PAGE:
A female polar bear swam 426 miles (687 kilometers) straight, the length from Boston to Washington DC and the longest swim for a polar bear ever recorded. Sadly, the reason for her 9-day swim in the icy waters of the Beaufort Sea is global warming, which has led to the sea ice shrinking. The bear had to swim such a huge distance in order to find land.
Says National Geographic:
Until 1995, summer sea ice usually remained over along the continental shelf of the Beaufort Sea, a critical habitat for polar bears due to its rich seal population. Now the sea ice in the Beaufort and Chukchi Seas is retreating from the coast by hundreds of kilometers, [George] Durner [a U.S. Geological Survey research zoologist in Anchorage, Alaska], said.
In 2010, Arctic sea ice extent was the third lowest on record, part of a long-term trend of ice loss that will continue for decades to come, according to the National Snow and Ice Data Center in Boulder, Colorado.
The polar bear’s epic swim came at a harsh price, the loss of her cub, who died at some point after the swim started. The bear also lost 22 percent of her body weight swimming in near-freezing waters.
The bear was one of 68 female bears collared between 2004 and 2009, with the intent of studying their movements. Biologists noted gaps in the data on the bears and linked these to when they were at sea; they correlated the female polar bears’ long-distance swimming (defined as swims longer than 30 miles (50 kilometers) ) to the survival of their cubs. Five out of eleven mothers who had cubs prior to the long swims no longer had them when they were again on land, scientists found.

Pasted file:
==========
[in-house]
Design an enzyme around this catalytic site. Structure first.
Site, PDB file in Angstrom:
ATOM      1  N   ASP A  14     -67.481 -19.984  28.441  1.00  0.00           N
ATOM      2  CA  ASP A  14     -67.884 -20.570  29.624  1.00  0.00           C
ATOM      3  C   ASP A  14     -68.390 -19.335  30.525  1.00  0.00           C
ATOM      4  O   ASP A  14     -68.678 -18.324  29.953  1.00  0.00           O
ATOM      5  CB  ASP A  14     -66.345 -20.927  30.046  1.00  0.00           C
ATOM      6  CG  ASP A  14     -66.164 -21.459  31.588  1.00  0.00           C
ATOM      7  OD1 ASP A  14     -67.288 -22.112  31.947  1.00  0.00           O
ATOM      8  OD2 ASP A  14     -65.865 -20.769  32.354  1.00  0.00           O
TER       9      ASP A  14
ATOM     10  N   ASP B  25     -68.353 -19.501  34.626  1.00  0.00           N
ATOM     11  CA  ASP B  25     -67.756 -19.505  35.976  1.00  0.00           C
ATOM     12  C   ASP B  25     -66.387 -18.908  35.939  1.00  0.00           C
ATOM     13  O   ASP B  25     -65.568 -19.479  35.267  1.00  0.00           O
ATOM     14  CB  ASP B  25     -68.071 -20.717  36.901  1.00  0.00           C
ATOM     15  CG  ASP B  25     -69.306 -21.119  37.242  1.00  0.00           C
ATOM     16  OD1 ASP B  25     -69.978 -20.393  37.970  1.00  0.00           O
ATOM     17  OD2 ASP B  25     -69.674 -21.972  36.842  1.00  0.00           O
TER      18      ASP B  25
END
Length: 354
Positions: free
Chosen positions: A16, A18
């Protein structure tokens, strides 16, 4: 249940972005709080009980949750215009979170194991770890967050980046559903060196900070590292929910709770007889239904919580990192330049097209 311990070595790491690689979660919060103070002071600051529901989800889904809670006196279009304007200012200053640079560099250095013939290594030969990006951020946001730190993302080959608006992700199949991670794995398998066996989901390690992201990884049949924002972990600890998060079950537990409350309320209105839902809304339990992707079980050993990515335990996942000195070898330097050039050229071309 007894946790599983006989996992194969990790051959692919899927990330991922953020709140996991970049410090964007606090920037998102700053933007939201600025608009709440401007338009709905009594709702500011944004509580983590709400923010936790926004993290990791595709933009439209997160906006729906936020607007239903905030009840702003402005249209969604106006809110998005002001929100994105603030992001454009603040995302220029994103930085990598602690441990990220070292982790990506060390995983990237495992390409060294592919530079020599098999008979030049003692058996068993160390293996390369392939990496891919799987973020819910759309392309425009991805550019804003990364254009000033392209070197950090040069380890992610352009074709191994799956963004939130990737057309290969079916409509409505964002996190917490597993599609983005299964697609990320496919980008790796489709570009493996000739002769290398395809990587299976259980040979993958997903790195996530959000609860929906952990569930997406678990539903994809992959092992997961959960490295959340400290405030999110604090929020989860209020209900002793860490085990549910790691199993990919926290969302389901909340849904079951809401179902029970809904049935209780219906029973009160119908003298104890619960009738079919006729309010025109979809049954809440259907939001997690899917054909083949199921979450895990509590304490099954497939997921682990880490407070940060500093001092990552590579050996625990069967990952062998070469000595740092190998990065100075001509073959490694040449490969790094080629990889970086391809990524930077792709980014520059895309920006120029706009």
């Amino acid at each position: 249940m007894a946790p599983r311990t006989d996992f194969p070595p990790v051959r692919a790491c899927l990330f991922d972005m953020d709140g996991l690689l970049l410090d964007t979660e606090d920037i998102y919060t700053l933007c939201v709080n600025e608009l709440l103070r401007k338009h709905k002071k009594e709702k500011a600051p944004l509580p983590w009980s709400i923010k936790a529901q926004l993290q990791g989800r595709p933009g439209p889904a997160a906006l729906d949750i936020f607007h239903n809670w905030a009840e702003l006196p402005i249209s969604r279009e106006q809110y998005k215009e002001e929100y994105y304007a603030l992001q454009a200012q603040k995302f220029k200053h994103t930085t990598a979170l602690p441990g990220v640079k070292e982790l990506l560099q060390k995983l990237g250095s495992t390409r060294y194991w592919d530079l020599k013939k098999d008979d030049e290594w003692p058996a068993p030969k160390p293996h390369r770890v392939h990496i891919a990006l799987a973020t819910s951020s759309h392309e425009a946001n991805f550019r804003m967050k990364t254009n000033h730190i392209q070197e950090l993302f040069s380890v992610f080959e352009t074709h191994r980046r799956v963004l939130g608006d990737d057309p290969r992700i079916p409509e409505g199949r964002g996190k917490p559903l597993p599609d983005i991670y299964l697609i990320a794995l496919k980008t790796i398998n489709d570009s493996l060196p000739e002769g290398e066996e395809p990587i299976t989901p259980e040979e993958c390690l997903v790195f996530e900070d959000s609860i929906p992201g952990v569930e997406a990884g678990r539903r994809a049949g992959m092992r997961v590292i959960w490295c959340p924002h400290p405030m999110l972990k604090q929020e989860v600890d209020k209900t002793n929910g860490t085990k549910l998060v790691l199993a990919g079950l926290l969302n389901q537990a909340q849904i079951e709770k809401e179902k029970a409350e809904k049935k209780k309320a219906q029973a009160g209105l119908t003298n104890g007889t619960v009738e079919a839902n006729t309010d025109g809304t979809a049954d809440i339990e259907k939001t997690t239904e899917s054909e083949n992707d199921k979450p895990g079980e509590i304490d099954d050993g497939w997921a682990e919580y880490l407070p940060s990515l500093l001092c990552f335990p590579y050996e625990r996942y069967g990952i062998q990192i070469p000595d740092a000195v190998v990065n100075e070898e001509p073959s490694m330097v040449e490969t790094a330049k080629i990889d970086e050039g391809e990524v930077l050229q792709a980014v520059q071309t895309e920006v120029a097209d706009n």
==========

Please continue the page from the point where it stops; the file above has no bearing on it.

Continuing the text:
As Steve Amstrup, a former scientist at the USGS and now chief scientist at Polar Bears International and a co-author of a study on the bears, said in MSNBC:
“Young bears don’t have very much fat and therefore they aren’t very well insulated and cannot cope with being in cold water for very long.”
Because they are leaner than their parents, Amstrup said, “they probably aren’t as buoyant (as adult polar bears) so in rough water they’ll have more difficulty keeping their heads above water.
According to MSNBC, in June, the arctic sea ice extent — the area covered by sea ice — was the second lowest since 1979, according to the National Snow and Ice Data Center.
Polar bears are listed as a threatened species in the US; in Canada, they are listed as a species at risk. But if female polar bears are forced to make such long-distance swims, it doesn’t bode well for their cubs’ survival; for the polar bears’ survival.
Photo by USFWS Headquarters